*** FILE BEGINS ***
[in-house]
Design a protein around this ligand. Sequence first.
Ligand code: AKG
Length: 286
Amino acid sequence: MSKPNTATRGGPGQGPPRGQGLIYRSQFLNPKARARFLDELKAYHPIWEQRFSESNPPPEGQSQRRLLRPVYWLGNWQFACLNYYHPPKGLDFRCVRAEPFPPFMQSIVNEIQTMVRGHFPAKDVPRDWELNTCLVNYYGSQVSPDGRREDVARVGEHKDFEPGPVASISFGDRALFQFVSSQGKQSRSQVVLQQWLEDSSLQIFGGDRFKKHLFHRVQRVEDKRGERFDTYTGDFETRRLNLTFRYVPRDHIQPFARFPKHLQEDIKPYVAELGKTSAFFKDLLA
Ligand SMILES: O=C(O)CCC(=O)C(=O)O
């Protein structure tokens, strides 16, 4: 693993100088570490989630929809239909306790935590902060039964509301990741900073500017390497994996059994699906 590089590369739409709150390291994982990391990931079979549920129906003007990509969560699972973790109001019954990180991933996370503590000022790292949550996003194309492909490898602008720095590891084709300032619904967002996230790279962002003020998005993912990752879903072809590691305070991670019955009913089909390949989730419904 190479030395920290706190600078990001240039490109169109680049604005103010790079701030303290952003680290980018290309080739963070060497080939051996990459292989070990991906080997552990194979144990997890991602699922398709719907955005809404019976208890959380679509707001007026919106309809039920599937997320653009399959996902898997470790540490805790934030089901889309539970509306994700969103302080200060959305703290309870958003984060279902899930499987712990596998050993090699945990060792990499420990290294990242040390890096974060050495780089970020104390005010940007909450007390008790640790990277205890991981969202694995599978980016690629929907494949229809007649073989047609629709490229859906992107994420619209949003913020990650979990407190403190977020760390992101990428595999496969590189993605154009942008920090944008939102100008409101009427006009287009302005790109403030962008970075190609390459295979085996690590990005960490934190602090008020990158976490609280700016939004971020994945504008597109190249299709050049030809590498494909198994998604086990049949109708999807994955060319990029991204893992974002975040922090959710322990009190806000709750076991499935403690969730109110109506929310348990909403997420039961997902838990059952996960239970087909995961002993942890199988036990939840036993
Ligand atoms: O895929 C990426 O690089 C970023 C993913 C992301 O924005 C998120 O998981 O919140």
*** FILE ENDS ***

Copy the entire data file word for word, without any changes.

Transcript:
[in-house]
Design a protein around this ligand. Sequence first.
Ligand code: AKG
Length: 286
Amino acid sequence: MSKPNTATRGGPGQGPPRGQGLIYRSQFLNPKARARFLDELKAYHPIWEQRFSESNPPPEGQSQRRLLRPVYWLGNWQFACLNYYHPPKGLDFRCVRAEPFPPFMQSIVNEIQTMVRGHFPAKDVPRDWELNTCLVNYYGSQVSPDGRREDVARVGEHKDFEPGPVASISFGDRALFQFVSSQGKQSRSQVVLQQWLEDSSLQIFGGDRFKKHLFHRVQRVEDKRGERFDTYTGDFETRRLNLTFRYVPRDHIQPFARFPKHLQEDIKPYVAELGKTSAFFKDLLA
Ligand SMILES: O=C(O)CCC(=O)C(=O)O
């Protein structure tokens, strides 16, 4: 693993100088570490989630929809239909306790935590902060039964509301990741900073500017390497994996059994699906 590089590369739409709150390291994982990391990931079979549920129906003007990509969560699972973790109001019954990180991933996370503590000022790292949550996003194309492909490898602008720095590891084709300032619904967002996230790279962002003020998005993912990752879903072809590691305070991670019955009913089909390949989730419904 190479030395920290706190600078990001240039490109169109680049604005103010790079701030303290952003680290980018290309080739963070060497080939051996990459292989070990991906080997552990194979144990997890991602699922398709719907955005809404019976208890959380679509707001007026919106309809039920599937997320653009399959996902898997470790540490805790934030089901889309539970509306994700969103302080200060959305703290309870958003984060279902899930499987712990596998050993090699945990060792990499420990290294990242040390890096974060050495780089970020104390005010940007909450007390008790640790990277205890991981969202694995599978980016690629929907494949229809007649073989047609629709490229859906992107994420619209949003913020990650979990407190403190977020760390992101990428595999496969590189993605154009942008920090944008939102100008409101009427006009287009302005790109403030962008970075190609390459295979085996690590990005960490934190602090008020990158976490609280700016939004971020994945504008597109190249299709050049030809590498494909198994998604086990049949109708999807994955060319990029991204893992974002975040922090959710322990009190806000709750076991499935403690969730109110109506929310348990909403997420039961997902838990059952996960239970087909995961002993942890199988036990939840036993
Ligand atoms: O895929 C990426 O690089 C970023 C993913 C992301 O924005 C998120 O998981 O919140």